Today in Middle Eastern history: the Battle of al-Mansurah begins (1250)

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Before King Louis IX of France (d. 1270) led the weirdly conceived and badly failed Eighth Crusade against Tunis, he earned his Crusader bona fides on the better conceived but still badly failed Seventh Crusade, which is our subject today. As I wrote when we talked about the Eighth Crusade, if medieval BuzzFeed had put together a list of the ten most swag Crusade leaders or whatever, Louis would have been near the top of the list if not right at the top. His piety was the stuff of legend and his commitment to the Crusading cause was unmatched even by his fellow luminary Richard the Lionheart. He was as central to the later Crusades movement as Godfrey of Bouillon (the first Crusader ruler of Jerusalem) was to the early Crusades movement. The thing is, though, while Godfrey was clearly successful and Richard was kind of successful, Louis was most definitely not successful. At all. Twice. But at least he was committed to the cause, and on the Seventh Crusade he brought along a very capable biographer, the famous chronicler Jean de Joinville.

King Louis later became Saint Louis, which serves as a sort of “at least you tried” consolation prize for his two big misadventures. His canonization wasn’t just about his career as a (pretty bad but very enthusiastic) Crusader, to be fair. He was known for his devotion to the Church in just about every walk of life. He built churches, for example, which the people who decide on things like canonization tend to appreciate. He often wore a hair shirt in penance for his sins, which isn’t something kings are widely known for doing. He ministered to lepers and to the poor, welcoming beggars (so we’re told, anyway) to his own table, which seems nice. He also enjoyed burning piles of the Talmud and ratcheting up punishments for blasphemy, which was not so nice but still got you brownie points as a medieval Christian. In general he took very seriously the French king’s traditional (going back to Charlemagne) role as the chief protector of the Roman Church. Sainthood was his reward.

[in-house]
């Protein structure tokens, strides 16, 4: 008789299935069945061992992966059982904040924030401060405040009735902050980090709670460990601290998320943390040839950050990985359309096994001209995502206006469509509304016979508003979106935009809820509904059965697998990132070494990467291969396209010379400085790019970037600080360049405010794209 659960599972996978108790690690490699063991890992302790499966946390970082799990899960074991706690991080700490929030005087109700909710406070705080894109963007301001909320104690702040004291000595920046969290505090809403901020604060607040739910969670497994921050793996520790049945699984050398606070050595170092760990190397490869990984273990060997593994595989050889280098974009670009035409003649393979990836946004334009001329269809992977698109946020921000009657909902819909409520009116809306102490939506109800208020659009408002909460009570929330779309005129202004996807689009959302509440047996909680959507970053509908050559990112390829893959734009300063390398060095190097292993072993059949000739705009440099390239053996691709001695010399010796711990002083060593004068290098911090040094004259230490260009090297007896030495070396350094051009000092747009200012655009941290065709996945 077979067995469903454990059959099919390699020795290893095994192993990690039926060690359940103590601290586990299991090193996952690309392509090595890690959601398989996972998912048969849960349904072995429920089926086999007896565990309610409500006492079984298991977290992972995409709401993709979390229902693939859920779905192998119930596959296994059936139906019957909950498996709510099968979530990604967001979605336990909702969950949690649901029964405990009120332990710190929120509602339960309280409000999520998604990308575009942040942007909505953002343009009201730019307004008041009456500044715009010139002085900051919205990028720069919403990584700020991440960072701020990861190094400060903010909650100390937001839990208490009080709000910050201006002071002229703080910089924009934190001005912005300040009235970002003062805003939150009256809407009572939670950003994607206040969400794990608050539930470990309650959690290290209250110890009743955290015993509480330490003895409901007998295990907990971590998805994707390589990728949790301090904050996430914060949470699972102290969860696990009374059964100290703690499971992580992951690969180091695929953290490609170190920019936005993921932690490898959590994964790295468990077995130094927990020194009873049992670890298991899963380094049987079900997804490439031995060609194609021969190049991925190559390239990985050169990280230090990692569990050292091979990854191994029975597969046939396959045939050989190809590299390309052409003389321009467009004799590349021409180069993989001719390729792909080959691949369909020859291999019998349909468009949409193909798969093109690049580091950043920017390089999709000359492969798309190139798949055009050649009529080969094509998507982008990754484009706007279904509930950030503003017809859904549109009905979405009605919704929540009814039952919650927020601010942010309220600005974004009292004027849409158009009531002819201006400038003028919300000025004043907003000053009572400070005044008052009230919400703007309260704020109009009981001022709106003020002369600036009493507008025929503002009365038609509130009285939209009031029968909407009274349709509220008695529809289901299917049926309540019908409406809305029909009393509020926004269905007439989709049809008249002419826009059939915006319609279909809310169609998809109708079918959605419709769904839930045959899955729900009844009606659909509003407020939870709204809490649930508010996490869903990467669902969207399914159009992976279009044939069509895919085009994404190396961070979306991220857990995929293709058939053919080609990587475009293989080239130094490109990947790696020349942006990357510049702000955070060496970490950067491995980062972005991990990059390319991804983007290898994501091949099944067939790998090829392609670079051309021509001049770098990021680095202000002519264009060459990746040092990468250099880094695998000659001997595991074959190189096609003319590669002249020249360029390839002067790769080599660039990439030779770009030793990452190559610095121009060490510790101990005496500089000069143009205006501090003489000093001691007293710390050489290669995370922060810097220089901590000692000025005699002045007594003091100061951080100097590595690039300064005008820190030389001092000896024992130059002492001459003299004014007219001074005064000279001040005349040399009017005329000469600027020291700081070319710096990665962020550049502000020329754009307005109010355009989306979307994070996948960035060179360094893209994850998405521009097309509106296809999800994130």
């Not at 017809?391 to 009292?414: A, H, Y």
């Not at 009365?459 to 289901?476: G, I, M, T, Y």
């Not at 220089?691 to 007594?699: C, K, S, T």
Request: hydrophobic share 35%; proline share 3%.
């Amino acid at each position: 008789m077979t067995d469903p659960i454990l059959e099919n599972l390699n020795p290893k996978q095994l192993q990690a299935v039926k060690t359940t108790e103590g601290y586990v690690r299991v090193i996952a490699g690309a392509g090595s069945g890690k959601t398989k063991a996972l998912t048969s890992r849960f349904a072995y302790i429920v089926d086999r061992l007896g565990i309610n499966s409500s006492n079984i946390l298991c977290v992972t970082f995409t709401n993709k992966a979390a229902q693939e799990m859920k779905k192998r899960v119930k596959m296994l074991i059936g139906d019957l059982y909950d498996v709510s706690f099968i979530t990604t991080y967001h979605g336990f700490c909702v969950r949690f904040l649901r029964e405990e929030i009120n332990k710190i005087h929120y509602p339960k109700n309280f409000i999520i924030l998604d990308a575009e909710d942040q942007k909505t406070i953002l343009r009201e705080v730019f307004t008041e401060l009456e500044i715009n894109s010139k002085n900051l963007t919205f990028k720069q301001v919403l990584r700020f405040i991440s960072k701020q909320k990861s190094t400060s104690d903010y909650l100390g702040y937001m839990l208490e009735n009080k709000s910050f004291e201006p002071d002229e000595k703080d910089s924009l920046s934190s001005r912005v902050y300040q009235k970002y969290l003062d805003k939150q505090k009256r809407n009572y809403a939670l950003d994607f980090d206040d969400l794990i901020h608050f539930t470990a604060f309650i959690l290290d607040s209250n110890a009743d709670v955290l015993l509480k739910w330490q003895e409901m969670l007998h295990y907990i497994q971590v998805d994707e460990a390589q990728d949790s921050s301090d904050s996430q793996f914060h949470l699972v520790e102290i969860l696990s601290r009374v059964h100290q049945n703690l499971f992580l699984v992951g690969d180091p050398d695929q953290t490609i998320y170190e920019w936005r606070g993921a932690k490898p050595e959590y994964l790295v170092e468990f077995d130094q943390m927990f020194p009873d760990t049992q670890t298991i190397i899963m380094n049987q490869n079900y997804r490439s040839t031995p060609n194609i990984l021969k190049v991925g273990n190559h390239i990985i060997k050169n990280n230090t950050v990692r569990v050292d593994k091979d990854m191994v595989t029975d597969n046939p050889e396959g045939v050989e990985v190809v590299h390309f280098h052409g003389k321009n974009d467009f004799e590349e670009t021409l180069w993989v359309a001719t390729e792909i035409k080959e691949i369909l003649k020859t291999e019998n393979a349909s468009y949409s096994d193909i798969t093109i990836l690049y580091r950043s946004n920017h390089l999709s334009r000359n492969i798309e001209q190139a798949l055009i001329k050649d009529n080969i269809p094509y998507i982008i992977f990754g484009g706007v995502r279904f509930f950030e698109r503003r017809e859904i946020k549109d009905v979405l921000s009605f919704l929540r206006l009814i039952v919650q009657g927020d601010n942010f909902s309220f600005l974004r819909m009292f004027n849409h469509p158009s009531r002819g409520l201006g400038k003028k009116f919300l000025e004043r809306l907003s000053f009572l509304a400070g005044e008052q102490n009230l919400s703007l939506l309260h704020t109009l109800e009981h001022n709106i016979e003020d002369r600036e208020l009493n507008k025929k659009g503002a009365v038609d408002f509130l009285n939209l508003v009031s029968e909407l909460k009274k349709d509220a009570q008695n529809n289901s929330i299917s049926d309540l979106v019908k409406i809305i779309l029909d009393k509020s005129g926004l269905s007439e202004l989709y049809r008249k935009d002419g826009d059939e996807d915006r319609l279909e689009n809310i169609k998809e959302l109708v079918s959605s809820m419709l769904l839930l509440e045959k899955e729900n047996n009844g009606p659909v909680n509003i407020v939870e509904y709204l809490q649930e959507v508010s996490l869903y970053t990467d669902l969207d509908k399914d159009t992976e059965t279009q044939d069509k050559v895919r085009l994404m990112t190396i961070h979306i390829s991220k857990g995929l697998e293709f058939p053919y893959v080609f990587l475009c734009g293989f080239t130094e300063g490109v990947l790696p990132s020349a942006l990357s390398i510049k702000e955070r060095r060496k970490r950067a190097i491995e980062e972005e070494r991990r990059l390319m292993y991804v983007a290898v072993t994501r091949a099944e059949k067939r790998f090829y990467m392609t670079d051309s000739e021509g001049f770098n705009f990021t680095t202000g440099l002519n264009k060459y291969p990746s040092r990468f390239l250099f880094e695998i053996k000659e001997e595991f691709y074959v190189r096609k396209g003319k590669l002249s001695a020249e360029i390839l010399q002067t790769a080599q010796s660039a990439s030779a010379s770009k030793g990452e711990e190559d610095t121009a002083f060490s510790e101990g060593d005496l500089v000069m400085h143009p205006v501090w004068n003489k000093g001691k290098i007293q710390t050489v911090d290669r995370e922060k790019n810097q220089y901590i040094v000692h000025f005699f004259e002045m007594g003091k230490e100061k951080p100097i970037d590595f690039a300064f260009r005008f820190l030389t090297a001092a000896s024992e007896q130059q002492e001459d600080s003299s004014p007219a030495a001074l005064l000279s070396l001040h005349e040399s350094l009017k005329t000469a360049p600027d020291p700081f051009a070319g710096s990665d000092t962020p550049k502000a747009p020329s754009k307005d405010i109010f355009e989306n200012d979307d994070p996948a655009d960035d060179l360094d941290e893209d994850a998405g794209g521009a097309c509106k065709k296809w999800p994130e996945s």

One major difference between Louis and Richard is that Louis saw Crusading primarily as a religious obligation, where Richard saw it as a chivalric one. This may help to explain the different course their Crusades took. Richard’s Third Crusade was a military success that likely saved the Crusader states from being conquered, or at least dominated by, Saladin. It only failed to achieve its ultimate objective, the reconquest of Jerusalem, because the departure of the French and German armies left Richard without enough soldiers to attempt a siege. Louis’ Crusades, on the other hand, were just dismal failures. Admittedly, he “lost” the Eighth Crusade by dying in the middle of it, but he died of a bout of dysentery that was entirely the result of his decision to campaign in North Africa in the middle of summer, so I think that counts as a strategic failure. The 1248-1254 Seventh Crusade, on the other hand, highlighted his weaknesses on both the strategic and tactical levels.